Airlines forced to cancel half-term flights after Mount Etnas violent eruption

Mount Etna's violent eruption has led to a series flight cancellations which could be bad news for Brit holidaymakers.

It has shown some new and alarming activity, causing a ruckus amongst travellers who will see more and more half-term flights delayed and called off.

Following Canary Islands’ catastrophic volcanic eruptions, British travellers are now anticipating another popular vacation destination potentially being swiped out of their half-term plans.

Indeed, Mount Etna, located in Sicily, reportedly violently spewed clouds of ash and smoke high into the sky yesterday morning.

Consequently, cars and streets in Sicilian villages were covered with fire remnants.

Reports have confirmed that these were Mount Etna’s most violent activities this year.

According to Volcano Discovery, the Italian volcano’s eruption was characterised by “several collapse events on the eastern sides of the crater, which generated pyroclastic flows”.

Volcano Discovery explains that pyroclastic flows are “hot turbulent avalanches of loose lava material”, and that they are “extremely fast-moving” and “dangerous as everything in their path is being destroyed”.

As clouds of smoke and ash have spread into the sky, extending in towns over 20 miles away, and because of the volcano’s location on the east coast of Sicily, the majority of planes flying across Italy have faced minor disturbances.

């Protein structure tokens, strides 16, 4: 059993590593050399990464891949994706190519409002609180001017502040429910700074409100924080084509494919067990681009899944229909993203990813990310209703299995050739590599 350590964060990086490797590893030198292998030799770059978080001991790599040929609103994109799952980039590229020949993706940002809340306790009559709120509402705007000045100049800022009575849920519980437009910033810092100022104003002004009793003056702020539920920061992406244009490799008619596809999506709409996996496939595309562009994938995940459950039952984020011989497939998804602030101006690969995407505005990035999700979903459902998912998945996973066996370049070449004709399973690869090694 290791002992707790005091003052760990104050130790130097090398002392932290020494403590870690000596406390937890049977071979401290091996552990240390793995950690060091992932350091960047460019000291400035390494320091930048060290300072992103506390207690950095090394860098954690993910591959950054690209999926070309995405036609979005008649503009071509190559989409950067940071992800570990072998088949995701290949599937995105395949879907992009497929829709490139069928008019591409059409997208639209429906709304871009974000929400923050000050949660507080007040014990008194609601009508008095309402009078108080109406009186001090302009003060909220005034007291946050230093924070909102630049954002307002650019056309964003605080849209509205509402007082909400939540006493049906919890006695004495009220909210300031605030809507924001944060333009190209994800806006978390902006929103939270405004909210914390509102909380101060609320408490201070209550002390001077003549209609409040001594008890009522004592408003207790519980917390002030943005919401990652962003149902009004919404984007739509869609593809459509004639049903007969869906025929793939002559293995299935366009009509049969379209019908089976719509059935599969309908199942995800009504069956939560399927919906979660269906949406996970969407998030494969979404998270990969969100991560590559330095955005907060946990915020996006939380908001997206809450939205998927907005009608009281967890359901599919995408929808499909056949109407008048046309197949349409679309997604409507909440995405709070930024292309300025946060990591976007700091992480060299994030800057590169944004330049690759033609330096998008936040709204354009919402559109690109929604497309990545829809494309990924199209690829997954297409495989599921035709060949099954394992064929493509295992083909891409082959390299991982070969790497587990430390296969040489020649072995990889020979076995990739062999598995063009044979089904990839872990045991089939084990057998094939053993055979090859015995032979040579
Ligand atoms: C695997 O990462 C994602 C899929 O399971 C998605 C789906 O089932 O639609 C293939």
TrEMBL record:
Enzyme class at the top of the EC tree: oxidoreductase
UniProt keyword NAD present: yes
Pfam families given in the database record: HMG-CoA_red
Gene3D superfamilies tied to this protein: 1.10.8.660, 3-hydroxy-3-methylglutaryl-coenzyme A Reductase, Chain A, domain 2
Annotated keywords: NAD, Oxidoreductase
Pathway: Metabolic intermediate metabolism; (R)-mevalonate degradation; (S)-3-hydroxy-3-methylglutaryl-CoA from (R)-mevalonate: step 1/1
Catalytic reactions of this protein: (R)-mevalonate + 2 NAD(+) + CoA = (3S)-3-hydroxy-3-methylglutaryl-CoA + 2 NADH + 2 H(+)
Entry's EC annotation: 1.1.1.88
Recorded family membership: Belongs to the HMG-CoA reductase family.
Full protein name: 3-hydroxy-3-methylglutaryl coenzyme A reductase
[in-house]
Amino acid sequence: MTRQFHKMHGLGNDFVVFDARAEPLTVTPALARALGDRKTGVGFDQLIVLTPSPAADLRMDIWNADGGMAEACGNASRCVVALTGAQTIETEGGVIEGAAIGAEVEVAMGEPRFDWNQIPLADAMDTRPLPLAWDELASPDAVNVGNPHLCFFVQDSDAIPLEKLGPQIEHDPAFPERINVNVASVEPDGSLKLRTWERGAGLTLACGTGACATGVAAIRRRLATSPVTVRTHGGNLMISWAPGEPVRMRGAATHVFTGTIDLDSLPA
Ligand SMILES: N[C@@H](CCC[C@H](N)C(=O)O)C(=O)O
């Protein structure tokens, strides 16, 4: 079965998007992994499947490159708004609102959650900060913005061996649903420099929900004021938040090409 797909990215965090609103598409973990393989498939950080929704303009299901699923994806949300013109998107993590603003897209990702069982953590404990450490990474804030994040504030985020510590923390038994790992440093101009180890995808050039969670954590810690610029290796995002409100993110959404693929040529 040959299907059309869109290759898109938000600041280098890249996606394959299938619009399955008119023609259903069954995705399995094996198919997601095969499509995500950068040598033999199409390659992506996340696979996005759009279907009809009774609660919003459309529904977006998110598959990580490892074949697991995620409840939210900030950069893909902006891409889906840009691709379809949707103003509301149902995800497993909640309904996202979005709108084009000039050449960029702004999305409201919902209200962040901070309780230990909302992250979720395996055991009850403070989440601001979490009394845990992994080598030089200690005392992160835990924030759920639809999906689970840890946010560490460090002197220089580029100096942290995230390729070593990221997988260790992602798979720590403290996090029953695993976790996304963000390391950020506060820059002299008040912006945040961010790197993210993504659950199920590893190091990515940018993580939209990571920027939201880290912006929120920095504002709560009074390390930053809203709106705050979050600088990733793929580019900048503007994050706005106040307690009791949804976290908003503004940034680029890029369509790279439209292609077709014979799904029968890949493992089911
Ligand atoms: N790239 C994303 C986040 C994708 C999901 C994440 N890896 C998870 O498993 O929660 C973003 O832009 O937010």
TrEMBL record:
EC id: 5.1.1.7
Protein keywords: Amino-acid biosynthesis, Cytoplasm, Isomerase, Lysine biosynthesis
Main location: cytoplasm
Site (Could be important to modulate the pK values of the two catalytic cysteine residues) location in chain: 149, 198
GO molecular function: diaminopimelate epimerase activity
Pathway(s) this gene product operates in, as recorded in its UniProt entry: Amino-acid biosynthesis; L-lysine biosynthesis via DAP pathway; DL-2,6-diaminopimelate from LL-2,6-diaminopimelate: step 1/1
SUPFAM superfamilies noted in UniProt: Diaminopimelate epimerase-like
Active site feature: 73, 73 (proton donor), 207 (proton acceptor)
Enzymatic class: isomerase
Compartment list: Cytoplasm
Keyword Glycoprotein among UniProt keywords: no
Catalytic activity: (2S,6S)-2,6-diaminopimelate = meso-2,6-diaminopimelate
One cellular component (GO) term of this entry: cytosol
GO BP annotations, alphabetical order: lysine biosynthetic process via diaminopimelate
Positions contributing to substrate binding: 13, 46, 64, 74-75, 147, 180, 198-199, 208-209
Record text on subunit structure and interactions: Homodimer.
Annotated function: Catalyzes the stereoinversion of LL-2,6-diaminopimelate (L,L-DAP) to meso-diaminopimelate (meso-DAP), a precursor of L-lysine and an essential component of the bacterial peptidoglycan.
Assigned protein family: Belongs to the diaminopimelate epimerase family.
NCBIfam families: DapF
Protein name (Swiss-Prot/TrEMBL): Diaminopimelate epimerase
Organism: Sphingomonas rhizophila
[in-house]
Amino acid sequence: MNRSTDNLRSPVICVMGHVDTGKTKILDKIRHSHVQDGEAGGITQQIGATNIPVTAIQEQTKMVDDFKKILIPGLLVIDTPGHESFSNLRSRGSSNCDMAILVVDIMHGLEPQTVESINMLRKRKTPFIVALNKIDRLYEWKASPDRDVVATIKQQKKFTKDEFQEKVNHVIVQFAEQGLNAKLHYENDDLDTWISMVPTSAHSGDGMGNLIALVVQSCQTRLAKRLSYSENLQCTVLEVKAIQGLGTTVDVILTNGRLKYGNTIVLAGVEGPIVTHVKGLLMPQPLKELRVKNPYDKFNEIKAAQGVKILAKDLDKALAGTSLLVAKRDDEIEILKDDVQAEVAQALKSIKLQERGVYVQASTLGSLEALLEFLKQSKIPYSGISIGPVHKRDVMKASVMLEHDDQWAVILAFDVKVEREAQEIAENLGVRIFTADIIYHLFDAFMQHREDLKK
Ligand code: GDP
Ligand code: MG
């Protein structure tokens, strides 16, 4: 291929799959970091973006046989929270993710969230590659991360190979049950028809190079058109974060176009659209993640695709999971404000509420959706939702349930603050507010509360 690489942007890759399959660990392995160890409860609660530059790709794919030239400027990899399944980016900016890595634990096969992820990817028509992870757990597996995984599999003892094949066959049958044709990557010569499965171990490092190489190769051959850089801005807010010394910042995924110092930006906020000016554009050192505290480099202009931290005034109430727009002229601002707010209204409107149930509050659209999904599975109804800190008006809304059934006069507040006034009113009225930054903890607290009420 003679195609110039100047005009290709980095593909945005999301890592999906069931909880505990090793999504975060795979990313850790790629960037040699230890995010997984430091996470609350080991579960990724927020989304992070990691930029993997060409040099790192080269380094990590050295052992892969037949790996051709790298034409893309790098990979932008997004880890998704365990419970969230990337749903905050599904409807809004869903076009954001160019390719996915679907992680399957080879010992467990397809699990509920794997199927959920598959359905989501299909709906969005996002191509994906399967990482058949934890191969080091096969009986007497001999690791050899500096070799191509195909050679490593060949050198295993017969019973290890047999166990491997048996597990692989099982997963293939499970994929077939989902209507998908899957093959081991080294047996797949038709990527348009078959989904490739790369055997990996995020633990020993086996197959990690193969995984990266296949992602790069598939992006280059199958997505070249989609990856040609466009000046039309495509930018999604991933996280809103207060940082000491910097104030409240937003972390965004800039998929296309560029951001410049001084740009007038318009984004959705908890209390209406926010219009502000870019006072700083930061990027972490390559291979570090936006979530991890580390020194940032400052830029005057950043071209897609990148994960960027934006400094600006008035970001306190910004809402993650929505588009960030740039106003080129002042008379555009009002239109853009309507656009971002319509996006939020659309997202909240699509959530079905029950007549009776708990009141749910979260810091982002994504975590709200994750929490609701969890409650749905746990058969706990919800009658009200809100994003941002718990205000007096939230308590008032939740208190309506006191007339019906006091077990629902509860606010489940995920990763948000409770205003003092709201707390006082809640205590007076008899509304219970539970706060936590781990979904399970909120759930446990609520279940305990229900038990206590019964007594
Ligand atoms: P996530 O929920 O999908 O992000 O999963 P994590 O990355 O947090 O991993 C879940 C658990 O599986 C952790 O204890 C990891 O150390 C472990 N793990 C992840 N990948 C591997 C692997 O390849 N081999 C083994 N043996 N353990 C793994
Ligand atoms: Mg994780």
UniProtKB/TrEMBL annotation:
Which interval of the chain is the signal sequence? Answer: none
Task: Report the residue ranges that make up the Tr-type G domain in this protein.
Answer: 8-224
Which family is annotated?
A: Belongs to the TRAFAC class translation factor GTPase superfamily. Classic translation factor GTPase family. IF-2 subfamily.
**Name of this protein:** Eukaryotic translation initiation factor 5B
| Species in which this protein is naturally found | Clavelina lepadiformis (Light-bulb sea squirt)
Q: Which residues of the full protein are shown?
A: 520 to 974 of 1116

Nevertheless, French meteorological services have revealed that Etna’s ash cloud is now expected to travel straight over Greece, which would cause further aerial disruptions.

Consequently, several airlines have been forced to cancel their half-term flights en route to Athens from the UK.

British Airways has reportedly had to cancel two flights already, leaving certain passengers in total frustration.

As a matter of fact, some travellers have said to be furious following the news of their flight from London Heathrow to Athens being cancelled “with less than an hour's notice”.

A person tweeted: “Are European flights to be affected by Mount Etna erupting???” to which a disappointed user replied: “My flight to Greece was cancelled.”

Another concerned passenger used Twitter to receive more information from Easyjet.

He wrote: “Hi. I'm due to fly to Athens from Manchester tomorrow. However, I've just seen the news around Mount Etna erupting and flights into Athens being cancelled.

“Can you confirm if this will affect my flights tomorrow? Thanks”

The traveller’s tweet has yet to receive a response from the low-cost airline.

A passenger coped with the situation with some humour, as he tweeted: “First proper holiday after 2 years. 10 days of Sicily. Splendid weather. Roadtrips. What could go wrong?

“Etna erupts 2 days before our return to the UK. Ash covering whole villages.

“Some flights cancelled. Gods laughing. Sandworms coming soon I guess.”

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